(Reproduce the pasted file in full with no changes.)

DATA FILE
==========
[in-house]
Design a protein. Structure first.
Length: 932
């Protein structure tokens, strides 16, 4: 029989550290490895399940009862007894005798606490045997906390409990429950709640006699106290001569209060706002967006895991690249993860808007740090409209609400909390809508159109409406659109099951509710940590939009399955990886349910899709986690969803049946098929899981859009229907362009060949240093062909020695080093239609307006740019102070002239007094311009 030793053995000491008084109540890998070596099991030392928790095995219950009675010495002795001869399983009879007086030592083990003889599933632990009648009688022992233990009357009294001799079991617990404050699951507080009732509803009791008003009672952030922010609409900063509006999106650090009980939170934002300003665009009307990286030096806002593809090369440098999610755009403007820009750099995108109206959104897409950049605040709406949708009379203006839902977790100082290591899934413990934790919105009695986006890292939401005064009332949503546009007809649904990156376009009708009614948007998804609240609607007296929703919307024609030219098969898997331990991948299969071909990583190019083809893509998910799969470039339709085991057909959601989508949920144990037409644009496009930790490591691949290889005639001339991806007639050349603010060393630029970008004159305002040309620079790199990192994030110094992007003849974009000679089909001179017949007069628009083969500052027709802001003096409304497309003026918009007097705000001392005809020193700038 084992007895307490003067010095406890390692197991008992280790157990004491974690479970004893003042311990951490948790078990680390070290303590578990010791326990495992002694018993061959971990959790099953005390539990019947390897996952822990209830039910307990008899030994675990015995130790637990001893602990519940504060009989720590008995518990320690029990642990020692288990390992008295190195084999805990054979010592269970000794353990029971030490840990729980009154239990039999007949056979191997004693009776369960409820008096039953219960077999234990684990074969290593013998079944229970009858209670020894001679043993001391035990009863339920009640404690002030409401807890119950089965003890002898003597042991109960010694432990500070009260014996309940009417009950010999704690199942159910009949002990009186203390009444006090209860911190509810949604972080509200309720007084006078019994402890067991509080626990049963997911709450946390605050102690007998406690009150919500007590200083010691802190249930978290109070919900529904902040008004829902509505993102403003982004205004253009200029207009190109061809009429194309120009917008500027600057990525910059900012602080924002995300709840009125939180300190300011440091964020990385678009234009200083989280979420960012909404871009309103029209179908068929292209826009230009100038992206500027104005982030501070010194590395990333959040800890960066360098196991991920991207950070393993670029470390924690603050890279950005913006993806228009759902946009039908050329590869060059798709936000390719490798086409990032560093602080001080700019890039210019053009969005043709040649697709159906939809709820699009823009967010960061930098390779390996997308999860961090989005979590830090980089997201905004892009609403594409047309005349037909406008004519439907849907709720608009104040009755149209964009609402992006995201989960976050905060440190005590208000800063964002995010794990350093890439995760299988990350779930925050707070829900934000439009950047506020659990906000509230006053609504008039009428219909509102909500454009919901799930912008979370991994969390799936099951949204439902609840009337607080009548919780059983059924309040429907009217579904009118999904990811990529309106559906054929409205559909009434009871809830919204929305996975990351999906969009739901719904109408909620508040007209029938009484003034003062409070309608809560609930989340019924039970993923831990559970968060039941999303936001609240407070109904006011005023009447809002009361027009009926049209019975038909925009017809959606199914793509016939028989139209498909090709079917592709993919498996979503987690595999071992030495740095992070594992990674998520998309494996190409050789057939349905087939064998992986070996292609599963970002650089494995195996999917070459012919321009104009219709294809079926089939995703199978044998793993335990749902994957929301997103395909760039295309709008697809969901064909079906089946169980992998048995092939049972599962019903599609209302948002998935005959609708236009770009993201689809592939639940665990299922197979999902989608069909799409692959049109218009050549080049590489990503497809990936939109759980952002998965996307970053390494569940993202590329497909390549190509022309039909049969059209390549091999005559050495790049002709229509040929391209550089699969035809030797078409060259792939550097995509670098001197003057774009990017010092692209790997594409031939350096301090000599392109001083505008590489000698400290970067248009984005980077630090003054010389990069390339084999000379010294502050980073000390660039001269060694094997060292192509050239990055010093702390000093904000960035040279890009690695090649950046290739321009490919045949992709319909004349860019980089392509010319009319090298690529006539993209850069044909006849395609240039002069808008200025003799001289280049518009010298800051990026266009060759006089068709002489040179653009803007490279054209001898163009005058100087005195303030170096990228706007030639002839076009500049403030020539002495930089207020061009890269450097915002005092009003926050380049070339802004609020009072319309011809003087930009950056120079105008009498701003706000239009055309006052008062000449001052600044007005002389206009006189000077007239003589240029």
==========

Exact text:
[in-house]
Design a protein. Structure first.
Length: 932
């Protein structure tokens, strides 16, 4: 029989550290490895399940009862007894005798606490045997906390409990429950709640006699106290001569209060706002967006895991690249993860808007740090409209609400909390809508159109409406659109099951509710940590939009399955990886349910899709986690969803049946098929899981859009229907362009060949240093062909020695080093239609307006740019102070002239007094311009 030793053995000491008084109540890998070596099991030392928790095995219950009675010495002795001869399983009879007086030592083990003889599933632990009648009688022992233990009357009294001799079991617990404050699951507080009732509803009791008003009672952030922010609409900063509006999106650090009980939170934002300003665009009307990286030096806002593809090369440098999610755009403007820009750099995108109206959104897409950049605040709406949708009379203006839902977790100082290591899934413990934790919105009695986006890292939401005064009332949503546009007809649904990156376009009708009614948007998804609240609607007296929703919307024609030219098969898997331990991948299969071909990583190019083809893509998910799969470039339709085991057909959601989508949920144990037409644009496009930790490591691949290889005639001339991806007639050349603010060393630029970008004159305002040309620079790199990192994030110094992007003849974009000679089909001179017949007069628009083969500052027709802001003096409304497309003026918009007097705000001392005809020193700038 084992007895307490003067010095406890390692197991008992280790157990004491974690479970004893003042311990951490948790078990680390070290303590578990010791326990495992002694018993061959971990959790099953005390539990019947390897996952822990209830039910307990008899030994675990015995130790637990001893602990519940504060009989720590008995518990320690029990642990020692288990390992008295190195084999805990054979010592269970000794353990029971030490840990729980009154239990039999007949056979191997004693009776369960409820008096039953219960077999234990684990074969290593013998079944229970009858209670020894001679043993001391035990009863339920009640404690002030409401807890119950089965003890002898003597042991109960010694432990500070009260014996309940009417009950010999704690199942159910009949002990009186203390009444006090209860911190509810949604972080509200309720007084006078019994402890067991509080626990049963997911709450946390605050102690007998406690009150919500007590200083010691802190249930978290109070919900529904902040008004829902509505993102403003982004205004253009200029207009190109061809009429194309120009917008500027600057990525910059900012602080924002995300709840009125939180300190300011440091964020990385678009234009200083989280979420960012909404871009309103029209179908068929292209826009230009100038992206500027104005982030501070010194590395990333959040800890960066360098196991991920991207950070393993670029470390924690603050890279950005913006993806228009759902946009039908050329590869060059798709936000390719490798086409990032560093602080001080700019890039210019053009969005043709040649697709159906939809709820699009823009967010960061930098390779390996997308999860961090989005979590830090980089997201905004892009609403594409047309005349037909406008004519439907849907709720608009104040009755149209964009609402992006995201989960976050905060440190005590208000800063964002995010794990350093890439995760299988990350779930925050707070829900934000439009950047506020659990906000509230006053609504008039009428219909509102909500454009919901799930912008979370991994969390799936099951949204439902609840009337607080009548919780059983059924309040429907009217579904009118999904990811990529309106559906054929409205559909009434009871809830919204929305996975990351999906969009739901719904109408909620508040007209029938009484003034003062409070309608809560609930989340019924039970993923831990559970968060039941999303936001609240407070109904006011005023009447809002009361027009009926049209019975038909925009017809959606199914793509016939028989139209498909090709079917592709993919498996979503987690595999071992030495740095992070594992990674998520998309494996190409050789057939349905087939064998992986070996292609599963970002650089494995195996999917070459012919321009104009219709294809079926089939995703199978044998793993335990749902994957929301997103395909760039295309709008697809969901064909079906089946169980992998048995092939049972599962019903599609209302948002998935005959609708236009770009993201689809592939639940665990299922197979999902989608069909799409692959049109218009050549080049590489990503497809990936939109759980952002998965996307970053390494569940993202590329497909390549190509022309039909049969059209390549091999005559050495790049002709229509040929391209550089699969035809030797078409060259792939550097995509670098001197003057774009990017010092692209790997594409031939350096301090000599392109001083505008590489000698400290970067248009984005980077630090003054010389990069390339084999000379010294502050980073000390660039001269060694094997060292192509050239990055010093702390000093904000960035040279890009690695090649950046290739321009490919045949992709319909004349860019980089392509010319009319090298690529006539993209850069044909006849395609240039002069808008200025003799001289280049518009010298800051990026266009060759006089068709002489040179653009803007490279054209001898163009005058100087005195303030170096990228706007030639002839076009500049403030020539002495930089207020061009890269450097915002005092009003926050380049070339802004609020009072319309011809003087930009950056120079105008009498701003706000239009055309006052008062000449001052600044007005002389206009006189000077007239003589240029």